Neither. The question is based on a false premise alltogether - there is no evidence that legalization in any way correlates with increased trafficking, even the people making the claims are forced to acknowledge that.
I addressed that earlier on Skeptics.SE: even the vocal proponents of the theory have zero data to back them up:
Yet they quickly add that no statistics have ever been gathered and law enforcers never before have made it a top priority - so the scope of the problem still needs to be determined.
... The task force's first task was to determine whether, in fact, there was a human-trafficking problem, Lesney says. But because of the lack of hard data, she says, "we were struggling to quantify what we're dealing with."
Basically, they have no evidence that there's widespread trafficking in the first place; never mind that it has any relationship with legalization of sex work in Nevada (as it admits that the trafficking numbers that are known include general labour workers). There are almost no arrests/convictions for this, the article listed 9 cases in last 6 years, despite having tough laws on the books.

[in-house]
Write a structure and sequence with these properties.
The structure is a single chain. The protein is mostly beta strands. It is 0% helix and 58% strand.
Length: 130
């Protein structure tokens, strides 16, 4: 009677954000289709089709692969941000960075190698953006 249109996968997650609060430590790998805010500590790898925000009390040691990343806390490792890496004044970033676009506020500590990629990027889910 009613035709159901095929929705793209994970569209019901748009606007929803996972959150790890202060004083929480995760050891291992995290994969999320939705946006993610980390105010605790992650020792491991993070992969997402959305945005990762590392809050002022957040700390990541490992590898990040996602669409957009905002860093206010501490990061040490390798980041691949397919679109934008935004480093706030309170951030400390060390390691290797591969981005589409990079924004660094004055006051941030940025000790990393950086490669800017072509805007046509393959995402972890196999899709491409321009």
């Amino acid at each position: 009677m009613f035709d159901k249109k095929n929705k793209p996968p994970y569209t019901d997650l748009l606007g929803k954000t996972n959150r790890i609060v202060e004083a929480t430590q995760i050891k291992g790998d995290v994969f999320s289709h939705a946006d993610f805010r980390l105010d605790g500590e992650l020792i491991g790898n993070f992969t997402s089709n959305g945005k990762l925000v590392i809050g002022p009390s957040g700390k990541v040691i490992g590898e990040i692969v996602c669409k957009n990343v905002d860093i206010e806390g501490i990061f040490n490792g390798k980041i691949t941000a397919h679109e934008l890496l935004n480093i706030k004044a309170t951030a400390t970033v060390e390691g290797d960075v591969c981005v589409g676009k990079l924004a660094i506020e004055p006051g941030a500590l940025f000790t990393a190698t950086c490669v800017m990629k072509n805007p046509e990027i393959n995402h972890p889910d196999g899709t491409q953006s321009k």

A separate related Q&A on Skeptics looked at Netherlands. While it didn't directly address the question, the numbers cited show that between 1.5% and (at the highest possible estimate) 6% of sex workers in Netherlands (between 450 and 900 out of 15-30k) are trafficking victims. For comparison, Belgium, which has no legalization, had at least 500 victims in the same period, and since the number is merely those who had help from NGOs, real number is likely at least as high as Netherlands - while the population of Netherlands is 50% higher than of Belgium (11M vs 17M).